It was a mostly quiet but beautiful evening on Thursday for the local debut performance of pianist, electronic musician and composer Hania Rani. This might be exactly what Rani wants. The sometimes raucous energy of Thalia Hall’s main ballroom, which was standing room only, was gone. Instead, the room was set up with a large seating arrangement of folding chairs; This gave everyone in the sold-out crowd great sightlines and downtime as we navigated a delicate collection of Rani’s tracks. It created a warm and inviting environment, not unlike experiencing a traditional classical music performance, but without the potential vibes.
This arrangement allowed Rani to focus on performing her music. And in turn, the audience was focused.
Distractions abound when it comes to today’s live music experience. However, Rani’s unique stage set and fluid movement in each piece created a riveting show.
Rani performed outside the crowd for most of her set. He kicked off the night with album opener “Oltre Terra,” a relatively short but evocative instrumental song from his 2023 album “Ghosts.” Unlike the short length of the album track, Rani elaborated on the length and scope of the song during her live performance. This would set the tone for the evening, with songs like “24.03” and “Dancing with Ghosts” (both featured on “Ghosts”) featuring new, expansive tones. Rani didn’t just perform. She took her listeners on a musical journey.
Rani is a master artist with instrumentation, so witnessing how she creates her songs from scratch is a treat for dedicated fans. Onstage, she switched between multiple pianos, keyboards, and synths strategically placed throughout a compact setup to create the multiple layers that make up each of her songs. She was playing the piano with one hand, her arms outstretched, while creating synth elements with the other. At times it seemed as if he could barely reach between one instrument and the other. But Rani never failed to create a dazzling, intensely physical display.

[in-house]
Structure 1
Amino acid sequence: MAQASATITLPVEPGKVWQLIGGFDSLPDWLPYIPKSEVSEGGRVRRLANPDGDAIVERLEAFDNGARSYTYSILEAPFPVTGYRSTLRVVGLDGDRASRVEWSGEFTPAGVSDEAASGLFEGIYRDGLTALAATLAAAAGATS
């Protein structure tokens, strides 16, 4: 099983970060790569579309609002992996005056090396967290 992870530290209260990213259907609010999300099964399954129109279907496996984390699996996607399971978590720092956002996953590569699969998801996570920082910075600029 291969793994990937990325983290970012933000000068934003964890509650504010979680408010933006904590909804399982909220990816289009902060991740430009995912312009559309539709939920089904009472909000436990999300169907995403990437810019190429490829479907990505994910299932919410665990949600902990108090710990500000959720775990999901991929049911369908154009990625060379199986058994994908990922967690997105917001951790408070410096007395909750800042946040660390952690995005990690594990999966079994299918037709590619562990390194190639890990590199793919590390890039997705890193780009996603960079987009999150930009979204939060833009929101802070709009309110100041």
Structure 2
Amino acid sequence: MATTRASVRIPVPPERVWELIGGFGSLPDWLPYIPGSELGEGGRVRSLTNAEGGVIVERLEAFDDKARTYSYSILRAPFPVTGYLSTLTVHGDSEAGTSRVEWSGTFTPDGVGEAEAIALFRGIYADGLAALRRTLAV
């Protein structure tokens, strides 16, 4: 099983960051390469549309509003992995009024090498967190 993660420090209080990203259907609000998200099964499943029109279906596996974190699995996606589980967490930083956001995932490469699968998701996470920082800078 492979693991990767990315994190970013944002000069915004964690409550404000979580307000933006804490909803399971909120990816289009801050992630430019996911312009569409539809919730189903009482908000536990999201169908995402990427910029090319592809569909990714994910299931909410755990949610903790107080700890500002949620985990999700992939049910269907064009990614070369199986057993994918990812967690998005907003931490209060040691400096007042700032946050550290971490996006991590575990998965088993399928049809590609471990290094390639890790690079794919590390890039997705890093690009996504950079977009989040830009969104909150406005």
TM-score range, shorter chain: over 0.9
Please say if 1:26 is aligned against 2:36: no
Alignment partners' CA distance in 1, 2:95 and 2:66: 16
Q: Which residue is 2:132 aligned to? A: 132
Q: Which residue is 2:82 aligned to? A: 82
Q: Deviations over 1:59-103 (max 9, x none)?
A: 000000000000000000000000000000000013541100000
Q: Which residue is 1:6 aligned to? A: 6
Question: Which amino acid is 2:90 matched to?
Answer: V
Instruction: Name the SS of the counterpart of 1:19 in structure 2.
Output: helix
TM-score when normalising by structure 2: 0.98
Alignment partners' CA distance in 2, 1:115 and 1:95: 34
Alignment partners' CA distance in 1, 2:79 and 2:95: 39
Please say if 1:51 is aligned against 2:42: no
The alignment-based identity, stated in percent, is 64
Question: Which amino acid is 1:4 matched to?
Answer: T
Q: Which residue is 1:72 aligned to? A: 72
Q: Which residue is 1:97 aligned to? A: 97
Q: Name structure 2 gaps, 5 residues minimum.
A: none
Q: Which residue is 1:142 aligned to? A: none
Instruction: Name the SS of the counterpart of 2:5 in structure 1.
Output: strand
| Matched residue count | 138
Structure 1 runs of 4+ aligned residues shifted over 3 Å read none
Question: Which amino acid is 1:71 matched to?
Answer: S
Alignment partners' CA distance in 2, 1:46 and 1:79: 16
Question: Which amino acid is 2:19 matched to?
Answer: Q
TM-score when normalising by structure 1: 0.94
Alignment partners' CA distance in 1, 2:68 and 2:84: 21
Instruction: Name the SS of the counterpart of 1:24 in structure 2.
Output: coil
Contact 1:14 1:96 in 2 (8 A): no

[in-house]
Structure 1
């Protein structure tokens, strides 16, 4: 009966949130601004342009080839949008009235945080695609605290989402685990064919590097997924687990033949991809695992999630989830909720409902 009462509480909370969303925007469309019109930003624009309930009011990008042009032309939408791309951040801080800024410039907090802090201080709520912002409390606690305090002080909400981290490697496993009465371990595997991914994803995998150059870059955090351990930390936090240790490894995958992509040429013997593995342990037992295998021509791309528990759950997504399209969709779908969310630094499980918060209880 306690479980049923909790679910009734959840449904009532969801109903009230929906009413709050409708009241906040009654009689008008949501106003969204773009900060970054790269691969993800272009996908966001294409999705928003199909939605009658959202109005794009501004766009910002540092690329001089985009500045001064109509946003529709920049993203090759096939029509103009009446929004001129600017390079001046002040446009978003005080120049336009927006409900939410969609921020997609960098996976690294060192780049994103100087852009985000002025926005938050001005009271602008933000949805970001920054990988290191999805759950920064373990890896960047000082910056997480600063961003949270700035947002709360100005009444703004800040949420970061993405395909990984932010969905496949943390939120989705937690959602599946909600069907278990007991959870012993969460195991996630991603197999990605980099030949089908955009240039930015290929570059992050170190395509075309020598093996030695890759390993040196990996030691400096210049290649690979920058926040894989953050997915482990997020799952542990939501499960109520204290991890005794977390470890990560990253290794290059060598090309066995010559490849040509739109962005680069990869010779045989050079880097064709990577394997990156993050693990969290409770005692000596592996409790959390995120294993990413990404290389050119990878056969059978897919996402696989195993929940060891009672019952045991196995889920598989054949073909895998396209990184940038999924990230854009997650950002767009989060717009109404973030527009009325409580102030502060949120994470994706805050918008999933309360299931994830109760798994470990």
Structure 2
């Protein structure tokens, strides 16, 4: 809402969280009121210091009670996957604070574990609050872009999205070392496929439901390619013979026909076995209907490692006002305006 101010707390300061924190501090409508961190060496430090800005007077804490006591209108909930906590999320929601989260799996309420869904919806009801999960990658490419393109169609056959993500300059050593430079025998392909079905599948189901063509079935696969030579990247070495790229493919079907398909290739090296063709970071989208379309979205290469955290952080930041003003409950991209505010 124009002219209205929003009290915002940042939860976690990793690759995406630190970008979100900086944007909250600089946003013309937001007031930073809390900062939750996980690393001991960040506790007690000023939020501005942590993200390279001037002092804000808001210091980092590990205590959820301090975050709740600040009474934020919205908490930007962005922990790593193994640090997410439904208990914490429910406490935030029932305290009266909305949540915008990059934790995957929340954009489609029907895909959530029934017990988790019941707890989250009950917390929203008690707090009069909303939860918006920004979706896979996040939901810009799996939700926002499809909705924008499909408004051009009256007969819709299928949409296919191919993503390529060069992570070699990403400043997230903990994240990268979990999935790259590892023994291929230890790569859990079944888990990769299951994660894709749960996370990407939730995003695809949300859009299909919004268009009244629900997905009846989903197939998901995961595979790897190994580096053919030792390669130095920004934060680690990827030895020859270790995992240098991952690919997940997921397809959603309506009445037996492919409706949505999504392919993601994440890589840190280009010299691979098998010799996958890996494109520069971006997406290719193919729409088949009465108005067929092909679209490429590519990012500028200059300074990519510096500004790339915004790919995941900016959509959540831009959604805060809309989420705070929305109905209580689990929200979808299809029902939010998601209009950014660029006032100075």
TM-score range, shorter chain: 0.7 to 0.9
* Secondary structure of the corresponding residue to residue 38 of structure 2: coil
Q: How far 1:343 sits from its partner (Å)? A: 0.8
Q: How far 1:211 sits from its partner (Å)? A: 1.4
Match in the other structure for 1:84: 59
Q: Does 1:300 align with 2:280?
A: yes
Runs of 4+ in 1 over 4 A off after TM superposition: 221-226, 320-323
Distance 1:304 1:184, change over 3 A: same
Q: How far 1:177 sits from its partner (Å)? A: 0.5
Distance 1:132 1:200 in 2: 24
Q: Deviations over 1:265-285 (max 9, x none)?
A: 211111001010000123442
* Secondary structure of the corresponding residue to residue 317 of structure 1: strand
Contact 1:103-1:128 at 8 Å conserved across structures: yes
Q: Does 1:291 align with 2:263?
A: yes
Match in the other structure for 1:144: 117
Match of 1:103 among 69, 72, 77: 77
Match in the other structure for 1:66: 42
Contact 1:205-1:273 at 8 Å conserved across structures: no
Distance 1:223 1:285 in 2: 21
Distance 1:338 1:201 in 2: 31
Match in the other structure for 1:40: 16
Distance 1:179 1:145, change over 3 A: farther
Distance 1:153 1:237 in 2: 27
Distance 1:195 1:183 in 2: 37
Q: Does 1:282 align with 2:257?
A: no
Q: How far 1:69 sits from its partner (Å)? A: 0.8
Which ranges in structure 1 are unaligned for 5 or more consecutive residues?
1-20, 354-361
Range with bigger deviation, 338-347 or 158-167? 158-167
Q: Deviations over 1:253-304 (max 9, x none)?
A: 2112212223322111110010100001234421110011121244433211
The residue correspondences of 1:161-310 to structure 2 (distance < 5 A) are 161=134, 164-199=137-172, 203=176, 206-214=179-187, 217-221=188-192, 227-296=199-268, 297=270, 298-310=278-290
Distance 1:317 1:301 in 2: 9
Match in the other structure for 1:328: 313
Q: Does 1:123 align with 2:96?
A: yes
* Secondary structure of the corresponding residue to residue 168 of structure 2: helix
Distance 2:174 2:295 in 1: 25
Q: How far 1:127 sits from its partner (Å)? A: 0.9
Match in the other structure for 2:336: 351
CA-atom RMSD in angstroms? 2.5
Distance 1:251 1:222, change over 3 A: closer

Rani’s voice was as catchy and clear live as on her albums. A few songs with a “danceable” tempo, such as “Hello” and “Thin Line” from “Ghosts,” inspired Rani to take a lively two-step as she continued creating the tracks. Some audience members at the back of the room, standing by the bar, slowly swayed forward. This ensured a fluid performance between songs that was as engrossing as it was awe-inspiring.
While most of Rani’s electronic-heavy arrangements have her back to the room, the two traditional pianos she switches between during quieter musical moments are composed facing opposite sides of the stage. Her long hair often covered her face, creating another barrier between herself and the audience.
It’s no surprise, then, that Rani played for more than 30 minutes, eventually—and quickly—appreciating the band member accompanying her (moving between an upright bass and what appeared to be instrument pedals) and the crowd. But no one seemed to complain. During this moment and several others, one or two in the straggling audience couldn’t help but exclaim in admiration at Rani.
But the most surprising moment of the night was when Rani completely retreated into her own world and played tracks from her classic 2023 album “On Giacometti.” With just a piano, Rani focused on her classical roots, reminding new audiences who might be less familiar with her earlier work of the breadth of her musical output. Unsurprisingly, the audience loved it and by the end of the evening Rani was embraced with a standing ovation. His meditative music found a home in Chicago.
Britt Julious is a freelance critic.